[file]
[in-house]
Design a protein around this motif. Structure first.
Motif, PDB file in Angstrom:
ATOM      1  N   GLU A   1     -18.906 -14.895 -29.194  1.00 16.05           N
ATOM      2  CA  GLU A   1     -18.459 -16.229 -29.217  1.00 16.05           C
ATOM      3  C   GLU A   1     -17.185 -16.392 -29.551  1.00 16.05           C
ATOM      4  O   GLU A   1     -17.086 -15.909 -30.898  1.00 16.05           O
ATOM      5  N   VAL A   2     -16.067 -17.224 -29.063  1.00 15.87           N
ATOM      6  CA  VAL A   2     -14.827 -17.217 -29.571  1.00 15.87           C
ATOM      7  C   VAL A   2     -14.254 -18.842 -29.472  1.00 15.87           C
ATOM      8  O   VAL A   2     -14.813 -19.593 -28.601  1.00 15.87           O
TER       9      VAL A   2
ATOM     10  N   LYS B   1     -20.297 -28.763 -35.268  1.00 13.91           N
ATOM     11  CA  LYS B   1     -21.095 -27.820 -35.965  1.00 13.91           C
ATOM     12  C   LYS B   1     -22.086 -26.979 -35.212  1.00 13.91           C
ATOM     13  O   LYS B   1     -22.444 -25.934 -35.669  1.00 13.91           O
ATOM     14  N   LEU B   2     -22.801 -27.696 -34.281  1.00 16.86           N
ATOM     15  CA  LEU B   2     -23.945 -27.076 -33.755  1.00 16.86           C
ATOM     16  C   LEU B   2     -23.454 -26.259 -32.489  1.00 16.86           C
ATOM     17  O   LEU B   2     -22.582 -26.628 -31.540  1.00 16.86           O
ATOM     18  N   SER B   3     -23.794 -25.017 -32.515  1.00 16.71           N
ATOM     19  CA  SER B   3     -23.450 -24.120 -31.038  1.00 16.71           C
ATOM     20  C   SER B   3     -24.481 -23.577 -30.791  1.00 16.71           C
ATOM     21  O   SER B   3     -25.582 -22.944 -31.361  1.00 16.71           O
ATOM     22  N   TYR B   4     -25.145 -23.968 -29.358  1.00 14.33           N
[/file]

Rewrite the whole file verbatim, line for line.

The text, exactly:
[in-house]
Design a protein around this motif. Structure first.
Motif, PDB file in Angstrom:
ATOM      1  N   GLU A   1     -18.906 -14.895 -29.194  1.00 16.05           N
ATOM      2  CA  GLU A   1     -18.459 -16.229 -29.217  1.00 16.05           C
ATOM      3  C   GLU A   1     -17.185 -16.392 -29.551  1.00 16.05           C
ATOM      4  O   GLU A   1     -17.086 -15.909 -30.898  1.00 16.05           O
ATOM      5  N   VAL A   2     -16.067 -17.224 -29.063  1.00 15.87           N
ATOM      6  CA  VAL A   2     -14.827 -17.217 -29.571  1.00 15.87           C
ATOM      7  C   VAL A   2     -14.254 -18.842 -29.472  1.00 15.87           C
ATOM      8  O   VAL A   2     -14.813 -19.593 -28.601  1.00 15.87           O
TER       9      VAL A   2
ATOM     10  N   LYS B   1     -20.297 -28.763 -35.268  1.00 13.91           N
ATOM     11  CA  LYS B   1     -21.095 -27.820 -35.965  1.00 13.91           C
ATOM     12  C   LYS B   1     -22.086 -26.979 -35.212  1.00 13.91           C
ATOM     13  O   LYS B   1     -22.444 -25.934 -35.669  1.00 13.91           O
ATOM     14  N   LEU B   2     -22.801 -27.696 -34.281  1.00 16.86           N
ATOM     15  CA  LEU B   2     -23.945 -27.076 -33.755  1.00 16.86           C
ATOM     16  C   LEU B   2     -23.454 -26.259 -32.489  1.00 16.86           C
ATOM     17  O   LEU B   2     -22.582 -26.628 -31.540  1.00 16.86           O
ATOM     18  N   SER B   3     -23.794 -25.017 -32.515  1.00 16.71           N
ATOM     19  CA  SER B   3     -23.450 -24.120 -31.038  1.00 16.71           C
ATOM     20  C   SER B   3     -24.481 -23.577 -30.791  1.00 16.71           C
ATOM     21  O   SER B   3     -25.582 -22.944 -31.361  1.00 16.71           O
ATOM     22  N   TYR B   4     -25.145 -23.968 -29.358  1.00 14.33           N